# What is the truth predicate of ZFC?

Tarksi's theorem states that for any sufficiently strong formal language L, the truth predicate for L cannot be defined in L. For instance the truth predicate for the language of first-order arithmetic cannot be defined in the language of first-order arithmetic. It can be defined in the language of second-order arithmetic though.

My question is, what is the truth predicate for the language of ZFC, i.e. the language of first-order set theory? And what is the language needed to define this truth predicate. Is it second-order set theory, i.e. the language of NBG and MK involving sets and classes?

• That's an odd question. The truth predicate is... a truth predicate. it tells you which sentences are true. – Asaf Karagila Jul 27 '18 at 14:38
• You're not aware of how you code logic into set theory? You don't understand what does it mean for something to be true? What is it that you think you're missing? – Asaf Karagila Jul 27 '18 at 14:57
• @Giorgio: Yes, I am very clear about that. I'm just confused as to what exactly confuses the OP. – Asaf Karagila Jul 27 '18 at 16:25
• @Keshav That reads like a rather different question that what you have written. – Andrés E. Caicedo Jul 27 '18 at 21:08
• Yes, that is a different question than the one in your previous comment (and it makes less sense). – Andrés E. Caicedo Jul 27 '18 at 21:46

## 1 Answer

This is all very standard - here is an attempt to write something about it.

If we are talking about truth, we really want to talk about models, rather than about languages, because until we specify a model we don't have a notion of "true" at hand. We should avoid talking about the "truth predicate for a language".

For any model $M$ in a first-order language, the definition of the truth predicate of $M$ is the same - we define the elementary diagram of $M$ as the set of all sentences with parameters from $M$ that are true in $M$, using Tarski's recursive definition of truth, using the T schema. This is the same for a model of ZFC as for any other model in first-order logic.

A key aspect of the T schema is that it is recursive - it gives an inductive definition of the set of true sentences, but not an explicit definition.

Tarski's theorem on the undefinability of truth shows that, for many theories, there is no formula $\text{True}(x)$ in the language of the theory so that, for every model $M$ of the theory and every formula $\phi$, $\text{True}(\phi)$ holds in $M$ if and only if $\phi$ holds in $M$. In particular, we could let the theory by PA or ZFC.

But there is a standard way to make an explicit definition of the truth, which works over every model of a given theory like ZFC of PA, by using a higher kind of quantifier. To do so, we first notice that the overall truth predicate of a model is stratified into a hierarchy by the number of alternations of quantifiers that the formula has in prenex normal form. This is analogous to the arithmetical hierarchy, but the formulas may now have parameters. In the case of ZFC these will be set parameters.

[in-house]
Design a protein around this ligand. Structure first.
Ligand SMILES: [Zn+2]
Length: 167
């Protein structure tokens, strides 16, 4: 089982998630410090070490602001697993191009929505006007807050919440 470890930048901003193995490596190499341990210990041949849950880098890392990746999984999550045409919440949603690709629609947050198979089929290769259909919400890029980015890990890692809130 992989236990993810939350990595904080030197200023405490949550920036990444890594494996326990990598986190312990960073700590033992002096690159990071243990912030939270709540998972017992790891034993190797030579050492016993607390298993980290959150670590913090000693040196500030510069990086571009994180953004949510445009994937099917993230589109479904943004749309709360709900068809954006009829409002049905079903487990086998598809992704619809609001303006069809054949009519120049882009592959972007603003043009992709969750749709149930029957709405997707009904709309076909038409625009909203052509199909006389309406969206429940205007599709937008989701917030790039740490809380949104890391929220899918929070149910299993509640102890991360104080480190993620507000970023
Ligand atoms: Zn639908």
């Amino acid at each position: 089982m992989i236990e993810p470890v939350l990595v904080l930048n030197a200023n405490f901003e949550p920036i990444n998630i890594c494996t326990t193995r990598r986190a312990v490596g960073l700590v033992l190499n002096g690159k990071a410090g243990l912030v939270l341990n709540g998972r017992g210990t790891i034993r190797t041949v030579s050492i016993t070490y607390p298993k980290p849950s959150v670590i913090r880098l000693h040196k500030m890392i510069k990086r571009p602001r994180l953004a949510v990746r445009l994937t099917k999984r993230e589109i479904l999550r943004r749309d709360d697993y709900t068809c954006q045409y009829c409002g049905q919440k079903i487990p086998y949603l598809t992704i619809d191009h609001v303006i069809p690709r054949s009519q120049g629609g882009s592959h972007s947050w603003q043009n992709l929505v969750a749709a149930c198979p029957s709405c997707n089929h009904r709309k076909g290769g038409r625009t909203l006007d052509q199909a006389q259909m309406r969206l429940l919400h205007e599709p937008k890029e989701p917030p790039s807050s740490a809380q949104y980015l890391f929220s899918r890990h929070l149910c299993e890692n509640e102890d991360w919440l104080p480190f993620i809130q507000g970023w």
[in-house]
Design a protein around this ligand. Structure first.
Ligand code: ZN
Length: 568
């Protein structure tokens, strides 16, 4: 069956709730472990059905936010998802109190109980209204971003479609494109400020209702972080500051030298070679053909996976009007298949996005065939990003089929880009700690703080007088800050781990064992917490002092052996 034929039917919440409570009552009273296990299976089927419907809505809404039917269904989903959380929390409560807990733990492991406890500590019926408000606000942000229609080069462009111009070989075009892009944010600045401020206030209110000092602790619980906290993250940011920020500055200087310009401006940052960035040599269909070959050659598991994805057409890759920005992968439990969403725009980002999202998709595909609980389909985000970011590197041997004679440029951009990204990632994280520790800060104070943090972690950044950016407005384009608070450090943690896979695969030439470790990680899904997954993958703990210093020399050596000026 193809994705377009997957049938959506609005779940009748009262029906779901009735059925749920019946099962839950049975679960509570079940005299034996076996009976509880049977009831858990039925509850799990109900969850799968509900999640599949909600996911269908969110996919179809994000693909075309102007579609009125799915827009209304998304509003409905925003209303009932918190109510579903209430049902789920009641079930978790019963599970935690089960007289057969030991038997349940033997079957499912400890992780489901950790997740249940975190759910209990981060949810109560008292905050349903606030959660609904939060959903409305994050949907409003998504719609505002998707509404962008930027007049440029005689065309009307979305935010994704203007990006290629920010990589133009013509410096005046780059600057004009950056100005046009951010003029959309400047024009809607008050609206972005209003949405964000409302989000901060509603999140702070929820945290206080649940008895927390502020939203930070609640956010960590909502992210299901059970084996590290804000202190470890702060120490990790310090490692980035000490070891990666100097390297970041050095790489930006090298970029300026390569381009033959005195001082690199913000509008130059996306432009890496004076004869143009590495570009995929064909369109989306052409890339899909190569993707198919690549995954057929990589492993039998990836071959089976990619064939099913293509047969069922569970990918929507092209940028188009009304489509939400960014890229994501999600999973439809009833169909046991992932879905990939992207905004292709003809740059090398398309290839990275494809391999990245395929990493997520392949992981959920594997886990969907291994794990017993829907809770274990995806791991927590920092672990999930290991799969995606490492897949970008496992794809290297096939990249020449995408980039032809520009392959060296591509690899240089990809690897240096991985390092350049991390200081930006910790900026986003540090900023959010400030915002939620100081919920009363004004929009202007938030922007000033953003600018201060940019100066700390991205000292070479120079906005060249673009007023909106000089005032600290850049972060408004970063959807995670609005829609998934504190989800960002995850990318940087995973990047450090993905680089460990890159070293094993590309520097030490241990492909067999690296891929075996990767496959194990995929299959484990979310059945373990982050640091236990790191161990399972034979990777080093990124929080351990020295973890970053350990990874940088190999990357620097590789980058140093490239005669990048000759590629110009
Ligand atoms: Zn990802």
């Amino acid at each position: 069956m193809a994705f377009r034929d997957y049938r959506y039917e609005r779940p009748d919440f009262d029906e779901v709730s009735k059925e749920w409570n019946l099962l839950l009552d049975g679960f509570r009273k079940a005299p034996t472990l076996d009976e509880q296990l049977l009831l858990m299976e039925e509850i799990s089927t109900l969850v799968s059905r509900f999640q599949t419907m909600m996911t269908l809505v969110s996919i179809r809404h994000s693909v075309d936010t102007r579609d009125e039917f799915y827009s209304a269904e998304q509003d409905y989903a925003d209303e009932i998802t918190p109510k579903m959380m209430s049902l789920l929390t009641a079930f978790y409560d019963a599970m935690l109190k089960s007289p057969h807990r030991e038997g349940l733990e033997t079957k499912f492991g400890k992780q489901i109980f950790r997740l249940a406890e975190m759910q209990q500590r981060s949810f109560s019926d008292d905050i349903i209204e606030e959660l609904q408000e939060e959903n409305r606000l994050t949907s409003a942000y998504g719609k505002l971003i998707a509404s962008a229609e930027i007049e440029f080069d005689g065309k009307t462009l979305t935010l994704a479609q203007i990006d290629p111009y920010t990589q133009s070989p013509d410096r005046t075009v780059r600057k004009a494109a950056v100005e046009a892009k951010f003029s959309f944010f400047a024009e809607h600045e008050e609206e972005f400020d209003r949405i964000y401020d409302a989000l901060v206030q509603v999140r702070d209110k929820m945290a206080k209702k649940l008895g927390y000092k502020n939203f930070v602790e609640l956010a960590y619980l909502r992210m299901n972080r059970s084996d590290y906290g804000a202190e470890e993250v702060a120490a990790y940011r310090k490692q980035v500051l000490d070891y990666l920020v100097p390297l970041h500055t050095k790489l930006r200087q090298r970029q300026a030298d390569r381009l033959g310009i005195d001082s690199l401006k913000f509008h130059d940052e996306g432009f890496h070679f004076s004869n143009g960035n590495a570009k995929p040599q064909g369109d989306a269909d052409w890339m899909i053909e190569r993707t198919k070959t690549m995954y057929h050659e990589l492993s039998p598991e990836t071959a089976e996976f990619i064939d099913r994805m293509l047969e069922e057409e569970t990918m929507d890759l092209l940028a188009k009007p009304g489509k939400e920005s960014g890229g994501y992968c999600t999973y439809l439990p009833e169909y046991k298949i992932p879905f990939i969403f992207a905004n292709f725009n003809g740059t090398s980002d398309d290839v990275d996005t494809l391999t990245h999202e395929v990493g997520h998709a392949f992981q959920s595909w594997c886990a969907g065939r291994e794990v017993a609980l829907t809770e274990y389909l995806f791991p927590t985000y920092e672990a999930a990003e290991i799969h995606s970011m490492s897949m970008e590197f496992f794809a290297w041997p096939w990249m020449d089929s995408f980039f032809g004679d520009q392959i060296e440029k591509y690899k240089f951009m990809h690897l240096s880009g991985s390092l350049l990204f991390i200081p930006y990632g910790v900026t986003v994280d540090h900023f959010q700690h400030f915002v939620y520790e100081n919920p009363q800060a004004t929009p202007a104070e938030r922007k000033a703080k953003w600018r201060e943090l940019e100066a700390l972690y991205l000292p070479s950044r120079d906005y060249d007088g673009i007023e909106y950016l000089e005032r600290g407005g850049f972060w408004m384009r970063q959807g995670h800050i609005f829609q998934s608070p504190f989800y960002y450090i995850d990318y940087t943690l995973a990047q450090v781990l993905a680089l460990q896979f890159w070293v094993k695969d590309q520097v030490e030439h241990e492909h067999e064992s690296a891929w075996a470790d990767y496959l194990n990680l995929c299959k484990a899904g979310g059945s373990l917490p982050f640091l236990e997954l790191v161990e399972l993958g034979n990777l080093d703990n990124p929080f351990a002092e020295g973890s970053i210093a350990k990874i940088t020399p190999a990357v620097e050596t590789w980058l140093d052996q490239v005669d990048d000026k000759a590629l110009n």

The base layer of this hierarchy consists of quantifier-free formulas with parameters. The next level consists of formulas that have one block of a single kind of leading quantifier, the third consists of formulas with two blocks of quantifiers at the front, etc. Call these levels $H_0$, $H_1$, etc.

For example, a formula $(\exists x)\phi(x)$ is true in a model $M$ if and only if $\phi(a)$ is true for some $a \in M$, in other words if and only if $\phi(a) \in H_0$ for some $a \in M$. Similarly $(\forall x)(\exists y)\psi(x,y)$ is true in $M$ if and only if $(\exists y)\psi(a,y)$ is in $H_1$ for every $a \in M$.

There is a single second-order formula $\tau$ that defines the sequence $(H_0, H_1, \ldots)$ over a model $M$. This formula first defines $H_0$ explicitly, then says that for all $n$, an existential formula $(\exists x)\phi(x)$ is in $H_{n+1}$ if and only if there is some $a \in M$ so that $\phi(a)$ is in $H_n$. There are additional clauses for all the logical connectives, etc.

Using the formula $\tau$, we can write an explicit second-order definition of the truth predicate: a formula with $n$ alternations of quantifiers is true if and only if, for every sequence $(A_0, A_1, \ldots)$ that satisfies $\tau$, $\phi$ is in $A_n$.

The reason that this does not give an explicit definition of the truth predicate in the original language is the parameters in the formulas. For example, if we work over any model $M$ of ZFC, $H_0$ is already a proper class of $M$ (among other things, it includes the formula $a = a$ for every $a \in M$).

Thus, for ZFC, saying "for every sequence $(A_0, A_1, \ldots)$ that satisfies $\tau$" requires quantifying over proper classes. This is exactly what the new quantifiers in second-order ZFC can do, so we can write an explicit definition of the truth predicate in second-order ZFC. If we call this definition $\text{True}'(\phi)$ we have this result: for every model $M$ of ZFC, if $M'$ is the expansion of $M$ to a full second-order model, and $\phi$ is any sentence of ZFC, then $M$ satisfies $\phi$ if and only if $M'$ satisfies $\text{True}'(\phi)$. Here the full expansion of $M$ is the second-order model whose classes are all the possible subsets of the domain of $M$.

• What is the purpose of the parameters? – Keshav Srinivasan Jul 28 '18 at 13:32
• In order to ask whether a sentence such as $(\exists x)\phi(x)$ is true, we need to know whether $\phi(a)$ is true for some $a \in M$. So, even if we were only interested in the truth values of sentences without parameters, we are immediately led to look at the truth values of formulas with parameters. This is completely due to the meaning that the quantifiers $\forall$ and $\exists$ have. – Carl Mummert Jul 28 '18 at 13:34